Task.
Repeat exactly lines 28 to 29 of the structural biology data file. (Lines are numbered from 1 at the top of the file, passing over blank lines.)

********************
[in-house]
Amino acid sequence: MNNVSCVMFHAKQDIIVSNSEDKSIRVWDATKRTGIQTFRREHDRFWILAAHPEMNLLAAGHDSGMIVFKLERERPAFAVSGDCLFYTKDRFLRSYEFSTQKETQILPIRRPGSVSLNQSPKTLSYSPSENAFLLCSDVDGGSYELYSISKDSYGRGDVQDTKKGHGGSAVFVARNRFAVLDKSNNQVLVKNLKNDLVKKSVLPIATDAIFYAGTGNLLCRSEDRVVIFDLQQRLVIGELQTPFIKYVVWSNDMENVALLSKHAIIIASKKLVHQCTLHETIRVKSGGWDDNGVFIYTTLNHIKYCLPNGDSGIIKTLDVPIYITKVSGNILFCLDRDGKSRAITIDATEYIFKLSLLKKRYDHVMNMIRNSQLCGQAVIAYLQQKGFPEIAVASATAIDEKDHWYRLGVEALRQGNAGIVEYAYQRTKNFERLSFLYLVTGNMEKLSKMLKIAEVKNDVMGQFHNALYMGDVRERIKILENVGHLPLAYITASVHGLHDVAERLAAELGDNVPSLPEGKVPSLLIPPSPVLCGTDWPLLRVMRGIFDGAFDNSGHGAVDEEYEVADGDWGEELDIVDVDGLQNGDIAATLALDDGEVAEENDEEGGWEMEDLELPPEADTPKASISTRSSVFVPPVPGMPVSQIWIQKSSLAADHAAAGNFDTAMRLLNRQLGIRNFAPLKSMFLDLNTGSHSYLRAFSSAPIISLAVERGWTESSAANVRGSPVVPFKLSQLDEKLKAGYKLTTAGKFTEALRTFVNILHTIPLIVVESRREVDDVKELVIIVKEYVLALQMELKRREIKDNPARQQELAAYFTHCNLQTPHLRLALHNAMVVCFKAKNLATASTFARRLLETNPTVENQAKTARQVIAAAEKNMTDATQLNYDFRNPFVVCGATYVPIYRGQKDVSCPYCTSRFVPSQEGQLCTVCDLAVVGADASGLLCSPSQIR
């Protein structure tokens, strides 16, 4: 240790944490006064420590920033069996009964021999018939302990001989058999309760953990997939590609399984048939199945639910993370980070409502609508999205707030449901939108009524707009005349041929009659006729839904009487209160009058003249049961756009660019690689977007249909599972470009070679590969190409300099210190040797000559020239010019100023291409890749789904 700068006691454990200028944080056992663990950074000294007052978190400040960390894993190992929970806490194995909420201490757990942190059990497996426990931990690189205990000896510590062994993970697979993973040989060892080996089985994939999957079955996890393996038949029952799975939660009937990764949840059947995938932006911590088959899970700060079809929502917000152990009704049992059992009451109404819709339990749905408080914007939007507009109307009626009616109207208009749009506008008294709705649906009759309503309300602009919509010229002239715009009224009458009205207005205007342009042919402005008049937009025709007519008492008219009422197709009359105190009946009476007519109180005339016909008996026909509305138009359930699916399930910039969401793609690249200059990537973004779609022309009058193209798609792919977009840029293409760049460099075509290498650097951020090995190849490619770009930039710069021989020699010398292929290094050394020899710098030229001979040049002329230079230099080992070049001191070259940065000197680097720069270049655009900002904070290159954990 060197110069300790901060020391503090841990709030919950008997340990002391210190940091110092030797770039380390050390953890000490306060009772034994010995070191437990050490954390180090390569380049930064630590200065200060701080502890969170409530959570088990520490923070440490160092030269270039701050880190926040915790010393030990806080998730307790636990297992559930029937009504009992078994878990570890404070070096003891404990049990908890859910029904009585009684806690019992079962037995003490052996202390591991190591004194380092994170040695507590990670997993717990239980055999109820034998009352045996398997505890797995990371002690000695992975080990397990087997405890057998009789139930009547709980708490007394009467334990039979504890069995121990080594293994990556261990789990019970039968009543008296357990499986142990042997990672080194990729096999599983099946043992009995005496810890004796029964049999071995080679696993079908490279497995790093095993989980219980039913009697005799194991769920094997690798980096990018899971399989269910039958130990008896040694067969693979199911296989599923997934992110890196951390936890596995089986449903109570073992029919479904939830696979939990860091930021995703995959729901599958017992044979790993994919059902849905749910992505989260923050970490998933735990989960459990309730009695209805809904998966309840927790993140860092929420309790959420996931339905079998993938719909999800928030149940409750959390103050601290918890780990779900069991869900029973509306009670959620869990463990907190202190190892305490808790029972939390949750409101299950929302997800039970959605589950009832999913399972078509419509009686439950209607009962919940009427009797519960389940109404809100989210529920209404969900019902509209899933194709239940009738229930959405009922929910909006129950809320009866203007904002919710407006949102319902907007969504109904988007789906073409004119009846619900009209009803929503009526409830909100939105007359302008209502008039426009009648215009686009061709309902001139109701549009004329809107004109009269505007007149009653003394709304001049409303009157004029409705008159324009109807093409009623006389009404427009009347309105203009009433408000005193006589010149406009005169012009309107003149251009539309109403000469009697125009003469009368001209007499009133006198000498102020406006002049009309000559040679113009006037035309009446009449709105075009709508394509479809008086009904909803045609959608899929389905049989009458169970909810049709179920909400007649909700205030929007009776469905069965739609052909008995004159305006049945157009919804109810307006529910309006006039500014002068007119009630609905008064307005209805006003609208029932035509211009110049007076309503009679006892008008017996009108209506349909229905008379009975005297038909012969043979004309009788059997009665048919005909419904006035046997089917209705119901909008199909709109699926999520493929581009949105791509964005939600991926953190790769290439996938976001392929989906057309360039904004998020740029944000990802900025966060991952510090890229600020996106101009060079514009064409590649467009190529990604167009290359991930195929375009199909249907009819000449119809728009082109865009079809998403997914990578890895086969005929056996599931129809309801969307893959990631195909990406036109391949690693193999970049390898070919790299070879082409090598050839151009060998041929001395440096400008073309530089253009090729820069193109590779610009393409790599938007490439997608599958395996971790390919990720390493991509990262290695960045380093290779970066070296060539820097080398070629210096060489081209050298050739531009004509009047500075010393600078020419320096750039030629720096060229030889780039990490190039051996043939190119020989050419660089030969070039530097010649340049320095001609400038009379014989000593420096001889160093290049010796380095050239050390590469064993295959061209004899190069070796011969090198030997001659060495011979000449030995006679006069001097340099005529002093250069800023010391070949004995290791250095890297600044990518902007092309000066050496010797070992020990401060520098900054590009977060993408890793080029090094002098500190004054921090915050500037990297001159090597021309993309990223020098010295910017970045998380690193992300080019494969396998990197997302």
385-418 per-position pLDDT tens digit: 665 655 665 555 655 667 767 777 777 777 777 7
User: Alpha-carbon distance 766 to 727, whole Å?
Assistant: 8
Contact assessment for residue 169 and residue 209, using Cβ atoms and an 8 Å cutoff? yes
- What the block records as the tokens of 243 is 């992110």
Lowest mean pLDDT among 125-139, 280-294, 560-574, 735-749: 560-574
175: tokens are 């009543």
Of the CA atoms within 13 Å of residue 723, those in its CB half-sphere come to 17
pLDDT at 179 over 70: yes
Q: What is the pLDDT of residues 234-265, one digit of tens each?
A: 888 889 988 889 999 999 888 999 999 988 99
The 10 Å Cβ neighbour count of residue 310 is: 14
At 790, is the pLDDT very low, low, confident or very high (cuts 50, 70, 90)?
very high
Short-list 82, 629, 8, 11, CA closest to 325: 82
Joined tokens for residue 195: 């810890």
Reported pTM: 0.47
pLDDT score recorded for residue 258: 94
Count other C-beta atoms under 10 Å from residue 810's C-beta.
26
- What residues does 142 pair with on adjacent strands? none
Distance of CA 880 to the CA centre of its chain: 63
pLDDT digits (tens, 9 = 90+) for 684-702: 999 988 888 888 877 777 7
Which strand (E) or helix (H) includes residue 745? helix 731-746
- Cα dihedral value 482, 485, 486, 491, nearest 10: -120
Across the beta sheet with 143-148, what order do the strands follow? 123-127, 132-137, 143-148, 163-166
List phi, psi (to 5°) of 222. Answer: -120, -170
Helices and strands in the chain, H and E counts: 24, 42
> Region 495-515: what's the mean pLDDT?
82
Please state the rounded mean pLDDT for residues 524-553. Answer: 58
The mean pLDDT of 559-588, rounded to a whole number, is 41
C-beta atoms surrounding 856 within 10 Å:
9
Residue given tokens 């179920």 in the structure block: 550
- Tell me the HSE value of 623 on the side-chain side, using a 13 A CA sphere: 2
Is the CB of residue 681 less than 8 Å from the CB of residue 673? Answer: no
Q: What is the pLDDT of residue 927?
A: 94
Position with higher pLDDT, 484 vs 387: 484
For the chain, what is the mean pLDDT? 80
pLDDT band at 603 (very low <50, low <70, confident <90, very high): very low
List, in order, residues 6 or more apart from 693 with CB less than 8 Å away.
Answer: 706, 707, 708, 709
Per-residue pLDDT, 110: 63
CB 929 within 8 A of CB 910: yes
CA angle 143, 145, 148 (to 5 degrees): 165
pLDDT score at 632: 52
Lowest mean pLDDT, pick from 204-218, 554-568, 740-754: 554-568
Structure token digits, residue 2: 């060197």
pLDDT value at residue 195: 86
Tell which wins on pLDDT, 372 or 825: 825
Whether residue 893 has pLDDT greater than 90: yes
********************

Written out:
- Cα dihedral value 482, 485, 486, 491, nearest 10: -120
Across the beta sheet with 143-148, what order do the strands follow? 123-127, 132-137, 143-148, 163-166